The homes that we live in, the schools our children attend, and the buildings in which we work are built upon blueprints, documents that lay out where the walls go, how high the roof will be and how the plumbing will work. In most neighborhoods, the houses tend to look the same because they were built from similar blueprints. Over the years, people may adapt the blueprint, by building a bedroom onto the back of the house, or by converting a garage to a room. We usually do not see the blueprint of our house until we seek to change something. Until then, we are largely unaware of its underlying design.
Communities too are built on blueprints. Our neighborhoods were built upon blueprints much like our homes were. Blueprints not only determine physical space, but they also determine how institutions function. Our schools, for example, have an underlying blueprint, a set of policies that determine how an elementary or middle school should function. It’s no surprise that when we walk into a middle school in one part of the state, then visit another middle school hundreds of miles away, that we find how similar these schools are. They are built from the same blueprint.
There are blueprints, or sets of policies, that structure virtually every aspect of a community’s life. Policies determine who pays taxes and how much, how wealth is distributed, and how the private sector functions. The blueprint determines how we invest public funding and to what purpose.
The blueprint is often unseen
Although policy blueprints are public documents, we are often unaware of them. Just as in our homes, we typically do not see the blueprints that lie underneath our community life. These blueprints often become visible when a community runs into a problem, and upon investigation, discovers the blueprint. For example, after the Camp Fire devastated the town of Paradise, we learned that Paradise, like many foothill communities in California, was not built upon a blueprint designed to protect lives from a fast-moving wild fire. In the days following the tragedy, we learned that the town had few roads that could serve as escape routes and had an inadequate warning system. As city officials consider rebuilding after the fire, they are looking at how to change the blueprint. Officials in similarly situated communities are scrambling to learn the lessons and to make changes before the next fire season hits.
The blueprint is public
Because we live in a democracy, policy blueprints are public documents. They are written down and belong to the public domain. In the old days, they filled up thousands of shelves in government buildings; today they often live online, in the cloud. We elect judges to interpret the blueprint and lawmakers to rewrite the blueprint. The words “politics,” “policy” and “politician” all come from the same root, the Greek word polis, or the people. Our system of democracy is meant to be accountable to the people.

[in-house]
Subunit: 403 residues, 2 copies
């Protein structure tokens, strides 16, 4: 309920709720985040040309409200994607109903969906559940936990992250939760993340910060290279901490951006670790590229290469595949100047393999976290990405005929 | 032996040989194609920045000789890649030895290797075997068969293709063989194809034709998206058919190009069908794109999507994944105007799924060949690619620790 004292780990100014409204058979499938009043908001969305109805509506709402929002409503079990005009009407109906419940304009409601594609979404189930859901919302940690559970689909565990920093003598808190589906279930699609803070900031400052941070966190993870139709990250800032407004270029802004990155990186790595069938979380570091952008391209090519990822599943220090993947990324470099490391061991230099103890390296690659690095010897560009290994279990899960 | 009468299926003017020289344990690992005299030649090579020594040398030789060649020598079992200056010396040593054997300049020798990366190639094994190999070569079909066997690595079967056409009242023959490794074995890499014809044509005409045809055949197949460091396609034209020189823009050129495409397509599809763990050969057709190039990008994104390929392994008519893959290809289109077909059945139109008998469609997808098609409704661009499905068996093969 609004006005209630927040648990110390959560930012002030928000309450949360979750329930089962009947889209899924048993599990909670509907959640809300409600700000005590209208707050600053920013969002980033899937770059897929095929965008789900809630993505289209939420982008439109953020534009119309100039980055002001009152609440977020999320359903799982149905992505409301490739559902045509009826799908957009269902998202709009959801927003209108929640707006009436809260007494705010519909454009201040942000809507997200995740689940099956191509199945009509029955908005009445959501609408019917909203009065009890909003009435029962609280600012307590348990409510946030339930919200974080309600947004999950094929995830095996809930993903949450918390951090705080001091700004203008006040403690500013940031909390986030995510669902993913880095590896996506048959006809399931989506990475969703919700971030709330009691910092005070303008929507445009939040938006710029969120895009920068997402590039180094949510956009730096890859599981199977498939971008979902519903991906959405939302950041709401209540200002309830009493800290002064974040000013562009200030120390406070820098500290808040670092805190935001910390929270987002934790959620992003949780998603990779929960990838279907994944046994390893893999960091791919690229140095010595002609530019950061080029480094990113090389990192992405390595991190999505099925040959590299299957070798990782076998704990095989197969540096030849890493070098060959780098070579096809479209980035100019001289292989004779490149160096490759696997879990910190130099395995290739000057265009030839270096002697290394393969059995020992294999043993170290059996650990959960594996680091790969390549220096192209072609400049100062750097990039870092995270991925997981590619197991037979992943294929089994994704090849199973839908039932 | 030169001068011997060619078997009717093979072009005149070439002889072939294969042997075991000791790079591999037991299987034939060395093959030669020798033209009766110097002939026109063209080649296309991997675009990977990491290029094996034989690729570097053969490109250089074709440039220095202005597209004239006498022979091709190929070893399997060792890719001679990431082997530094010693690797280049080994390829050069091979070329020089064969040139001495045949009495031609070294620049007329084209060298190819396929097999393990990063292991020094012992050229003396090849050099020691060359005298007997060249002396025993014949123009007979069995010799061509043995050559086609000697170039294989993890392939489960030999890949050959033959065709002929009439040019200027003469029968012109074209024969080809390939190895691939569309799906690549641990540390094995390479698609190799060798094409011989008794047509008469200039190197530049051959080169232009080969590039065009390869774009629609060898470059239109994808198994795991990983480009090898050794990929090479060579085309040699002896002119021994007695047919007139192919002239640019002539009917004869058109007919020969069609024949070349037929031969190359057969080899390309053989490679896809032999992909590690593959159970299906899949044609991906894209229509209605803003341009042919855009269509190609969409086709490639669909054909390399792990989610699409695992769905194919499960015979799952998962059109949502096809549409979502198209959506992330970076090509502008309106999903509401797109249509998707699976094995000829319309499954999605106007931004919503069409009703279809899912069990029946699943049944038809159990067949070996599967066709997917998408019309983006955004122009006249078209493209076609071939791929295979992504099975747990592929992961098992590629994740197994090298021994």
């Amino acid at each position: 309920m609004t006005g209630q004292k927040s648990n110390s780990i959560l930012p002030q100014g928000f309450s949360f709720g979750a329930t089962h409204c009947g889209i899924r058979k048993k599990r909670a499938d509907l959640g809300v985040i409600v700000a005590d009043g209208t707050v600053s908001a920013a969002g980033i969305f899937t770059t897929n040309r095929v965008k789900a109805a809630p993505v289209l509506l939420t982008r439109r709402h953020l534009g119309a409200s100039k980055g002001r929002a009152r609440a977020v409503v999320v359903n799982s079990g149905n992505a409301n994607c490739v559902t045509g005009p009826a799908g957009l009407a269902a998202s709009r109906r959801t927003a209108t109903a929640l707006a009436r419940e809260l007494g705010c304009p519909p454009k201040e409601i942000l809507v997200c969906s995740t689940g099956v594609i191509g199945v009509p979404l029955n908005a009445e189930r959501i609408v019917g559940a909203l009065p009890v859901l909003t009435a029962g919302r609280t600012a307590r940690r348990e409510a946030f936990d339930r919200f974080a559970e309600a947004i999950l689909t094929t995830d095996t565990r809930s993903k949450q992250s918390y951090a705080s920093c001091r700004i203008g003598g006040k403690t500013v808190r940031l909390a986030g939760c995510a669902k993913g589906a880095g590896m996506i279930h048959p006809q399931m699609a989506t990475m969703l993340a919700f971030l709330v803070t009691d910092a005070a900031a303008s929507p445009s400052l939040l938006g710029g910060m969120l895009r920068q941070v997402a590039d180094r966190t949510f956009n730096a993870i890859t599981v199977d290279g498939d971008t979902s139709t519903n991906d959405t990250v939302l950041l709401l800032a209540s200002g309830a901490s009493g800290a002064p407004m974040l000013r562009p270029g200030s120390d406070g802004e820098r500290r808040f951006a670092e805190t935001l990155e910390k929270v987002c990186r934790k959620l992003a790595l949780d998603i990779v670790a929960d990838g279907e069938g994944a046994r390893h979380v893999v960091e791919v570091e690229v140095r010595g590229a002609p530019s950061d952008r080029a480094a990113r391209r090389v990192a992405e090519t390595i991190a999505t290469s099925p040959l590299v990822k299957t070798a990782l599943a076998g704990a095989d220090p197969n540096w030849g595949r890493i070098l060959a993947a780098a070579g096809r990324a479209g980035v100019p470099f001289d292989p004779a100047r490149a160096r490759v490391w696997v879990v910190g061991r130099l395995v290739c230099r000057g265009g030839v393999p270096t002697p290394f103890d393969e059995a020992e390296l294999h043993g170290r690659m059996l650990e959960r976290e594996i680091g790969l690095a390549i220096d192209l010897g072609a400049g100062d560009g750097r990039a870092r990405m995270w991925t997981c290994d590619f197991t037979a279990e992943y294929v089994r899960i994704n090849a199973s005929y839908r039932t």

The blueprint is the product of competing interests
While the “people” have formal say over the blueprint in a democracy, very few people actually determine what is in the blueprint. The blueprint is not the product of a neutral, rational process. Rather it is the product of competing interests. A state capitol is a building visited regularly by lobbyists paid by particular interest groups to rewrite the blueprint to their advantage. Corporations spend millions each year to influence the blueprint. Interest groups hire specialists who dedicate their professional lives to understand the blueprint and to position the interest group to have the most influence possible over the blueprint. Year after year, groups compete: environmentalists vs. land developers, trial lawyers vs. doctors, labor vs. business . . .
The blueprint is not neutral.
The blueprint gives advantage to some and disadvantages to others. In this country, with its foundations in patriarchy and white supremacy, we have created blueprints that give advantage to white Christian cisgender men, and that disadvantage women, people of color, native communities and people who are LGBT. Many of these blueprints have served to keep certain communities in poverty. For example, following World War II, during an era in which America greatly expanded its middle class through housing policies, African American families were denied access to this wealth accumulation through redlining by banks and restrictive housing deeds.
Powerful corporate interests have and continue to play a huge role in shaping the blueprint. Decades ago, as a result of lobbying from the auto industry and highway builders, elected officials changed the blueprint to encourage the use of the automobile and to disincentive mass transit. This change ultimately made billions for the auto industry and companies that build highways. It also led to low-density communities and the paving over of farmland and wilderness.
The blueprint is dynamic
The blueprint is in constant flux. Year to year small changes happen and at times big changes take place. Prior to the election of Barack Obama, we had a blueprint that caused millions of people to go without health insurance. With the passage of the Affordable Care Act, Congress and President Obama made a fundamental change to the blueprint. While the ACA is imperfect, it represented a sea change in American public policy, similar to the passage of Social Security and Medicare. It not only extended health coverage to millions, it marked a fundamental shift toward the notion that health care is a human right.